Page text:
I am really sorry to hear the news that Bruce Swedien has died at age 86 from COVID. He was a brilliant recording engineer, the man who made those Michael Jackson-Quincy Jones hits happen. He was also a good friend to me when I was writing about Michael, especially right after Michael died and there was wild speculation about what was unreleased.
Condolences to Bruce’s friends and family and fans, and there were many.
Siedah Garrett, who wrote “Man in the Mirror,” and sang “I Just Can’t Stop Loving You” with Michael on the “Bad” album, wrote on Twitter: “No words to express how sad I am at losing my dear friend Bruce Swedien, who has been with me from the beginning of my career. Sending love, prayers & condolences to wife Bea, daughter Roberta, and to his fans around the world. Brucie, you will never, ever be gone from our hearts”
From 1956 through around 1970, Bruce worked mostly in jazz, with the likes of Art Blakey, Dinah Washington, Ramsey Lewis, and on Buddy Miles’s classic “Them Changes.” He was in the production booth for Muddy Waters, all those incredible The Chi-Lites records, Eddie Harris, and engineer for Natalie Cole’s breakthrough album, “Inseparable.” It’s Bruce’s name on Tyrone Davis’s monster hit. “Turn Back the Hands of Time.”
He started working with Quincy Jones in 1977 on the “Roots” TV soundtrack. With Michael Jackson was involved in “The Wiz” soundtrack in ’78, and 1979 brought “Off the Wall.” For most of the next 20 years or so, Bruce was wrapped with Michael, with Quincy’s other projects, Patti Austin, James Ingram, George Benson, and all their hits. (“Give Me the Night” by George Benson, one of many outstanding records.)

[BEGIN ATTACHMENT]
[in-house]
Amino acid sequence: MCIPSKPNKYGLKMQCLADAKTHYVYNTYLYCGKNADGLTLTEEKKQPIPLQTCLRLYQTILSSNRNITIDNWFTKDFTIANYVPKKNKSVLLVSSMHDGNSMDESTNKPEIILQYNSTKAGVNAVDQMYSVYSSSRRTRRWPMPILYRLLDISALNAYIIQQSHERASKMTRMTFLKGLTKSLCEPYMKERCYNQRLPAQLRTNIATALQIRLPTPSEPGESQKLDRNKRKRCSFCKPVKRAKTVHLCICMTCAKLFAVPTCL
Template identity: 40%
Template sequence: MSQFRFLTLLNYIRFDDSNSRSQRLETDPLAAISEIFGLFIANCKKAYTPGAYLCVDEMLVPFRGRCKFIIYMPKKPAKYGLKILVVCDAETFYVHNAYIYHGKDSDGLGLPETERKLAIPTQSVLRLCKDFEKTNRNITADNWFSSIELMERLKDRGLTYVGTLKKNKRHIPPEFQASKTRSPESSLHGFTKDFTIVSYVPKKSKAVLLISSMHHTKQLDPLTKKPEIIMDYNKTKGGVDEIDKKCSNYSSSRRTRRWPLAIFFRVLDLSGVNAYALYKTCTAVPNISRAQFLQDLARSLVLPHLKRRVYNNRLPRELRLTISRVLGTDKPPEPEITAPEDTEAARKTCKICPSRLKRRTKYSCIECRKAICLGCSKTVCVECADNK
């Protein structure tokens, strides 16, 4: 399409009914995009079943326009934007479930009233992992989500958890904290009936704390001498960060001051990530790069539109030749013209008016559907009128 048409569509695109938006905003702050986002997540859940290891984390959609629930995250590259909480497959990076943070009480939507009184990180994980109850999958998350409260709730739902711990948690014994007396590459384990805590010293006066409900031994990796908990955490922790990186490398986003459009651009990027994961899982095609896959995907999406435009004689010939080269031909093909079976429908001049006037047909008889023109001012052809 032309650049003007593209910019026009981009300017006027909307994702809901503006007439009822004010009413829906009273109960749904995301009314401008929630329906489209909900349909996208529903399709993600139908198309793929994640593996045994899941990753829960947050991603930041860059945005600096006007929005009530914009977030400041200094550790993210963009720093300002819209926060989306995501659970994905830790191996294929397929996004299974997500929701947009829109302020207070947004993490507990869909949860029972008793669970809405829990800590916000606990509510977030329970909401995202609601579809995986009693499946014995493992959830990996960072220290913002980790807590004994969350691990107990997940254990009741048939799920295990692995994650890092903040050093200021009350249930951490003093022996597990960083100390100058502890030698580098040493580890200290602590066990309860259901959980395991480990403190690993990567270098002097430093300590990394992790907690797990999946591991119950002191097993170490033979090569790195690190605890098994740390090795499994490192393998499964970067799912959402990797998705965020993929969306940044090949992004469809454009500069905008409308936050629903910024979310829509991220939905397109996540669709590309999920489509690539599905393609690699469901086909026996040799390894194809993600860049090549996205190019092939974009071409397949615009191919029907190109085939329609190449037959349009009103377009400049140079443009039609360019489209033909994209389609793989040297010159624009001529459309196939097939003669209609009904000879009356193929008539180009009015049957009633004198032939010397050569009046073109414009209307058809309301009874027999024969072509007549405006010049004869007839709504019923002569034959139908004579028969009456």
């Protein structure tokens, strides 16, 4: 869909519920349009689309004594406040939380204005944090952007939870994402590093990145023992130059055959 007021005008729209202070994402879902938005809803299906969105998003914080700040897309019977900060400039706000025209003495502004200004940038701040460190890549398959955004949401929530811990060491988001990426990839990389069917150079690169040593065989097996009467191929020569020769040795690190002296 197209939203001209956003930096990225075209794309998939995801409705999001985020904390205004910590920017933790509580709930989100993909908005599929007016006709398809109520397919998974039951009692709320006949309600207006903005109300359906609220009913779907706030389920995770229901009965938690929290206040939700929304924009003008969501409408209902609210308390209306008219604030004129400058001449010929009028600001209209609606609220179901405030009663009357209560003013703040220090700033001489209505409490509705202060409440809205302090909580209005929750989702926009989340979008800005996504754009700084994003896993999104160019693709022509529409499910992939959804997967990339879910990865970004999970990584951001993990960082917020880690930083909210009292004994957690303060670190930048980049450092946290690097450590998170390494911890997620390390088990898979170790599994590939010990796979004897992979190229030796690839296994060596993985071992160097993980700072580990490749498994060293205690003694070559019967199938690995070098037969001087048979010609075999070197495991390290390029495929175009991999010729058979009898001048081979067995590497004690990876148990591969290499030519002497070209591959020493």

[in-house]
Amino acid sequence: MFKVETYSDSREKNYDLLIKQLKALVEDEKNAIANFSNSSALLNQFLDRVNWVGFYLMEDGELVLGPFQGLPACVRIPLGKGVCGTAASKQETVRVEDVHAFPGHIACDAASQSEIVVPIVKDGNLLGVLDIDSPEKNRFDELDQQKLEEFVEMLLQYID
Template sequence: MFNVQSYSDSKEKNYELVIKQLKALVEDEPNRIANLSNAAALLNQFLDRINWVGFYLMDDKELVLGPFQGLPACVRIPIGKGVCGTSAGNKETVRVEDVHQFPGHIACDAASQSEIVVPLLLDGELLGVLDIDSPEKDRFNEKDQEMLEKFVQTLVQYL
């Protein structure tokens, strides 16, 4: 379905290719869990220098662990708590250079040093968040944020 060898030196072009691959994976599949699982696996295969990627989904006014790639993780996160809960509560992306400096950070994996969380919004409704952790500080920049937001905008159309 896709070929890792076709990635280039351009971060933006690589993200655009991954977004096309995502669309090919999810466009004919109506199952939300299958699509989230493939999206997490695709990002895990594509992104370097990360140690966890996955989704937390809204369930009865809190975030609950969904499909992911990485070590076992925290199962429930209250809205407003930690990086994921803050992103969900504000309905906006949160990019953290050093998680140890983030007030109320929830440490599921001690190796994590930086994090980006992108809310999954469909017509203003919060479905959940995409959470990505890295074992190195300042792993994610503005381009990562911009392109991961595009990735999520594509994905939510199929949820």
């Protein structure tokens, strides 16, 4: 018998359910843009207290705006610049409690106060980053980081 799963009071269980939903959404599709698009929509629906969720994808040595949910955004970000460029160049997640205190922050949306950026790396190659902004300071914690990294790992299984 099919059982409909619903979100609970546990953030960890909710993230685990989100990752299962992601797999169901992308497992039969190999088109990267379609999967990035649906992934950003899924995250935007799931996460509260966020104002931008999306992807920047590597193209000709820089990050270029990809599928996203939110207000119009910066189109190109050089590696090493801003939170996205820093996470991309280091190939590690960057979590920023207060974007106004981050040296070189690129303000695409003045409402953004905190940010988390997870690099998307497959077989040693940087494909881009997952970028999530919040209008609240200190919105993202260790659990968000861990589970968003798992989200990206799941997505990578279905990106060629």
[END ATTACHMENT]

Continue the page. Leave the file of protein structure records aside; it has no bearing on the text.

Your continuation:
Bruce’s talent lay in his sonics, the way he could make even a funk record sound warm. Those Michael Jackson songs people will dance to hearing just the opening, like “Don’t Stop Til You Get Enough” or “Wanna Be Starting Something,” somehow Bruce knew the magic ingredients. Working with Quincy Jones, they found a groove no one else had ever used, and every one felt deep in their souls.
I am so sorry this is the way things ended for Bruce. In June 2009, he and Frank DiLeo were the only ones I could turn to on a daily basis who knew anything true about Michael’s work life. There was so much misinformation and garbage being floated in every tabloid. I would always go back to Bruce and ask, Are you sure about this? or that? He was. He was just incredibly helpful during a difficult time and I will never forget that.
Quincy Jones writes on Facebook: “I am absolutely devastated to learn the news that we lost my dear brother-in-arms, the legendary Bruce Swedien. There are not enough words to express how much Bruce meant to me…He was without question the absolute best engineer in the business, & for more than 70 years I wouldn’t even think about going into a recording session unless I knew Bruce was behind the board. Along with the late great Rod Temperton, we reached heights that we could have never imagined & made history together. I have always said it’s no accident that more than four decades later no matter where I go in the world, in every club, like clockwork at the witching hour you hear “Billie Jean,” “Beat It,” “Wanna Be Starting Something,” & “Thriller.” That was the sonic genius of Bruce Swedien, & to this day I can hear artists trying to replicate him. I’m going to miss your presence every single day “Svensk”, but I will cherish every moment we shared together laughin’, lovin’, livin’, & givin’…Rest In Peace my brother.”
Everyone will feature Michael Jackson records in their tributes. Let me make my tribute to Bruce Swedien Natalie Cole’s “This Will Be,” a record for all time.